By Bill Gillard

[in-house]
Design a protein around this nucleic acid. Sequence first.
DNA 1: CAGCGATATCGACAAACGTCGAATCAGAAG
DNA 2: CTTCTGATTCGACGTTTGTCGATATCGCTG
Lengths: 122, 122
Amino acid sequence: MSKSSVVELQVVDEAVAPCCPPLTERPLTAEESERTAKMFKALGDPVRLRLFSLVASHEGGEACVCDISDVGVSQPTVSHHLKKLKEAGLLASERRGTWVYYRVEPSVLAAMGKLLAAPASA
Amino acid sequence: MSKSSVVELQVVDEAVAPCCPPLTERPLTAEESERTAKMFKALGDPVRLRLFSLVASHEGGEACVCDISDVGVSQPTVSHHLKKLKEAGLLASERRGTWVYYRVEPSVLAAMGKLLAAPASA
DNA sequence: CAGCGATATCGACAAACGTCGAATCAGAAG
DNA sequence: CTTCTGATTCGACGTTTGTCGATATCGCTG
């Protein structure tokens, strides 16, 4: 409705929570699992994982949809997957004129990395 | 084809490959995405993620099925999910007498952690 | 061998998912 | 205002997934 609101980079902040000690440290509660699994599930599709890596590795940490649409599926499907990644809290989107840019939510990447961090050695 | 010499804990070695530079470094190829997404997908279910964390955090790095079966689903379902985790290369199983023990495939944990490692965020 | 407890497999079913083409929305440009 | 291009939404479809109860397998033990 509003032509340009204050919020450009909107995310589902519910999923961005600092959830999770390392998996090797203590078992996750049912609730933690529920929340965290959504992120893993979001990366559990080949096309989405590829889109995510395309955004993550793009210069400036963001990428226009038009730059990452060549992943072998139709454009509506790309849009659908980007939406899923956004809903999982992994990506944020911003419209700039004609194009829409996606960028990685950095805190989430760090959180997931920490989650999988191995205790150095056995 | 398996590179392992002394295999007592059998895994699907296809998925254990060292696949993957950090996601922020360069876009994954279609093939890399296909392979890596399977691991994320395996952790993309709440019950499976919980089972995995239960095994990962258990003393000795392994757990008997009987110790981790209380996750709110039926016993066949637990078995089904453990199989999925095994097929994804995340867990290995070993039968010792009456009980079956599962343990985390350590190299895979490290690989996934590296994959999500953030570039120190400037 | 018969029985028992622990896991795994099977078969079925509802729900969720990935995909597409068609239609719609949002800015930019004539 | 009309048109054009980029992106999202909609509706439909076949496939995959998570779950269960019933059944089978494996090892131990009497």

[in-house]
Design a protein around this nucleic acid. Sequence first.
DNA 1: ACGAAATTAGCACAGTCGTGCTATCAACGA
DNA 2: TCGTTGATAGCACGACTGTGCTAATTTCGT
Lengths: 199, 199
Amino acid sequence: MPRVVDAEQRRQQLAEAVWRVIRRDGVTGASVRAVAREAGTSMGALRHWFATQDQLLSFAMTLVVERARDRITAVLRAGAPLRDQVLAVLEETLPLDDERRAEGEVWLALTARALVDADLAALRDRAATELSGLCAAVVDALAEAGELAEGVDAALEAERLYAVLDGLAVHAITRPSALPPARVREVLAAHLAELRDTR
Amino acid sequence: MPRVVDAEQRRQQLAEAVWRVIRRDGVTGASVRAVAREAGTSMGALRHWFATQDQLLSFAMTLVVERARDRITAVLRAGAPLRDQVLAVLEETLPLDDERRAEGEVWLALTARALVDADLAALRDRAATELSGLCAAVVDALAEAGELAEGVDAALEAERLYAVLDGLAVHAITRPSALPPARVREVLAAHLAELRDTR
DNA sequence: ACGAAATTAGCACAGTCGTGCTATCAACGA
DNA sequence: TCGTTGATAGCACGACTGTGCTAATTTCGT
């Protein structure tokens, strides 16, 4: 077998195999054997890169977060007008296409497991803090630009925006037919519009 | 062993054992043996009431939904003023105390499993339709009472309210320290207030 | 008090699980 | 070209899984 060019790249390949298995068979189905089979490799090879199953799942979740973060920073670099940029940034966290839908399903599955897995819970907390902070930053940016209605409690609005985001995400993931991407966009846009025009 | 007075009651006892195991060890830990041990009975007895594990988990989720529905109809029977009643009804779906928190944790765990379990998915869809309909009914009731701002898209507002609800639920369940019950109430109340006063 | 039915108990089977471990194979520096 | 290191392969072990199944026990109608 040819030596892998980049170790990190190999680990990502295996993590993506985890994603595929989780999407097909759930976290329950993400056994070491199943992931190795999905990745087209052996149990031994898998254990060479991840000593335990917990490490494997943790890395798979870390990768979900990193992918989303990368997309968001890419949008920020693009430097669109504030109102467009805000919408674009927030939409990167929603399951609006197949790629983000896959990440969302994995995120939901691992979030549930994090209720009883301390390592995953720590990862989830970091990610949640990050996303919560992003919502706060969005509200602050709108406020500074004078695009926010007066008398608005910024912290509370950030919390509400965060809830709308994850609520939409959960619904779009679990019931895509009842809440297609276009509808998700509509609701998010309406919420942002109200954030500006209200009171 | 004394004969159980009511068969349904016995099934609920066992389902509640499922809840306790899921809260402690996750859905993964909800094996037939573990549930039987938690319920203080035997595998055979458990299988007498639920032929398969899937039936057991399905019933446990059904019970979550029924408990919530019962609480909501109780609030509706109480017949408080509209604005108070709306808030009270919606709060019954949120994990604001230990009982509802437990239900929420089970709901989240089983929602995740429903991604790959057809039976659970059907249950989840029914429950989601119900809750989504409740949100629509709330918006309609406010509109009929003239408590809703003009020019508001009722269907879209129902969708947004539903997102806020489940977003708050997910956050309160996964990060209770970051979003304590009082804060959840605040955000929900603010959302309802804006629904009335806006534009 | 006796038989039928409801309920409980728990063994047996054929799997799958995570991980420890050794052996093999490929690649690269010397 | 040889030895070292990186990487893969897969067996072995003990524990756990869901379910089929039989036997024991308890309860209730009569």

She throws my keys off the narrow steel bridge into the shallow river that splashes under this sharp moonlight, saying now you can’t leave, not now, not ever. She dares me to object, to get angry, to stomp back the three miles to campus in the misty nighttime. She dares me, legs splayed and defiant, the red corners of her lips pull like a fitted sheet over her teeth never quite all the way to a smile. This woman I had known in passing since September, who met me after work tonight as if by coincidence, who bought me a midnight pizza and asked for a drive to see the world because she had no car. The black trees silhouetted against the black North Country sky, all life in this northern town gone black, abed, and here we are asking the month of May to create the conditions where we can best become ourselves because we have no language to frame the question even in our native tongues. The sky brightens in the east. I think, that’s what Montreal would look like under nukes. It is not something I say out loud. Please, not the dawn I think, I hope, as we splash in the spring-thaw waters of the Grasse looking for the keys (truth be told she had splashed a stone not the pocketed keys but this she did not tell me), she touching my forearm and she pressing her cold cheek to mine and she laughing without mediation and she smiling at me through wet bangs. I thought, oh, let it be nuclear war and not the dawn. I’m not ready yet for the dawn let it be nuclear war and not ever the dawn. It’s only Montreal, a small price to pay for the wonder of her and me soaked in fallout’s first light, and I’m praying for a much slower apocalypse. But then a car passes and then four, and the day explodes above us on that narrow steel bridge, and we are ourselves again to crawl from this muck to walk upright as surprised strangers to my car for the silent ride back to campus where we slink, soaked, in different directions from the lot where we parked what might have happened but never ever did, as young people often do.